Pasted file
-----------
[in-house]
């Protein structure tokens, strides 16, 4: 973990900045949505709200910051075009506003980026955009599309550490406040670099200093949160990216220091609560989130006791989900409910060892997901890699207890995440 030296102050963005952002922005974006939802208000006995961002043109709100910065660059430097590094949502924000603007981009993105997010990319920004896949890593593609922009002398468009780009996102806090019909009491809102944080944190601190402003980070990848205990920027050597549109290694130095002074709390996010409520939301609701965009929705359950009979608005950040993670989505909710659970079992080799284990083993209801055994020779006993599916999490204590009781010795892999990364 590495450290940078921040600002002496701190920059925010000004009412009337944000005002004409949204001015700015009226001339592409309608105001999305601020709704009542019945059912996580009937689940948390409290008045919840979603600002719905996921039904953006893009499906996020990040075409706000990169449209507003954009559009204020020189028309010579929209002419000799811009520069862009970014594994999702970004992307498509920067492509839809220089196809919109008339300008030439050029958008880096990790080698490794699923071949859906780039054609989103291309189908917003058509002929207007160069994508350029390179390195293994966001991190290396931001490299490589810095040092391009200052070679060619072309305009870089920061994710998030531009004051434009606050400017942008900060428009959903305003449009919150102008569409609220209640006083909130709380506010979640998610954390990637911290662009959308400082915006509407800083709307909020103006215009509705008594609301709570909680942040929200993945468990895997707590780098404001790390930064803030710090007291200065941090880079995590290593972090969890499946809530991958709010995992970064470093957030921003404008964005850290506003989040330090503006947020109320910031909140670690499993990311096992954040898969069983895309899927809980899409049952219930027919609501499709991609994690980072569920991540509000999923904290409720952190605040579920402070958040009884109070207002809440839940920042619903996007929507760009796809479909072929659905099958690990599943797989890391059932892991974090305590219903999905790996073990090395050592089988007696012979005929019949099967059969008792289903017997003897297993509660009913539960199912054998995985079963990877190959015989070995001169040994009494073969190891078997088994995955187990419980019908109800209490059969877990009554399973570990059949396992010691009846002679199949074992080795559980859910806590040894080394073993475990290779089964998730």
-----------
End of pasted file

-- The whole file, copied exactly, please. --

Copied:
[in-house]
């Protein structure tokens, strides 16, 4: 973990900045949505709200910051075009506003980026955009599309550490406040670099200093949160990216220091609560989130006791989900409910060892997901890699207890995440 030296102050963005952002922005974006939802208000006995961002043109709100910065660059430097590094949502924000603007981009993105997010990319920004896949890593593609922009002398468009780009996102806090019909009491809102944080944190601190402003980070990848205990920027050597549109290694130095002074709390996010409520939301609701965009929705359950009979608005950040993670989505909710659970079992080799284990083993209801055994020779006993599916999490204590009781010795892999990364 590495450290940078921040600002002496701190920059925010000004009412009337944000005002004409949204001015700015009226001339592409309608105001999305601020709704009542019945059912996580009937689940948390409290008045919840979603600002719905996921039904953006893009499906996020990040075409706000990169449209507003954009559009204020020189028309010579929209002419000799811009520069862009970014594994999702970004992307498509920067492509839809220089196809919109008339300008030439050029958008880096990790080698490794699923071949859906780039054609989103291309189908917003058509002929207007160069994508350029390179390195293994966001991190290396931001490299490589810095040092391009200052070679060619072309305009870089920061994710998030531009004051434009606050400017942008900060428009959903305003449009919150102008569409609220209640006083909130709380506010979640998610954390990637911290662009959308400082915006509407800083709307909020103006215009509705008594609301709570909680942040929200993945468990895997707590780098404001790390930064803030710090007291200065941090880079995590290593972090969890499946809530991958709010995992970064470093957030921003404008964005850290506003989040330090503006947020109320910031909140670690499993990311096992954040898969069983895309899927809980899409049952219930027919609501499709991609994690980072569920991540509000999923904290409720952190605040579920402070958040009884109070207002809440839940920042619903996007929507760009796809479909072929659905099958690990599943797989890391059932892991974090305590219903999905790996073990090395050592089988007696012979005929019949099967059969008792289903017997003897297993509660009913539960199912054998995985079963990877190959015989070995001169040994009494073969190891078997088994995955187990419980019908109800209490059969877990009554399973570990059949396992010691009846002679199949074992080795559980859910806590040894080394073993475990290779089964998730």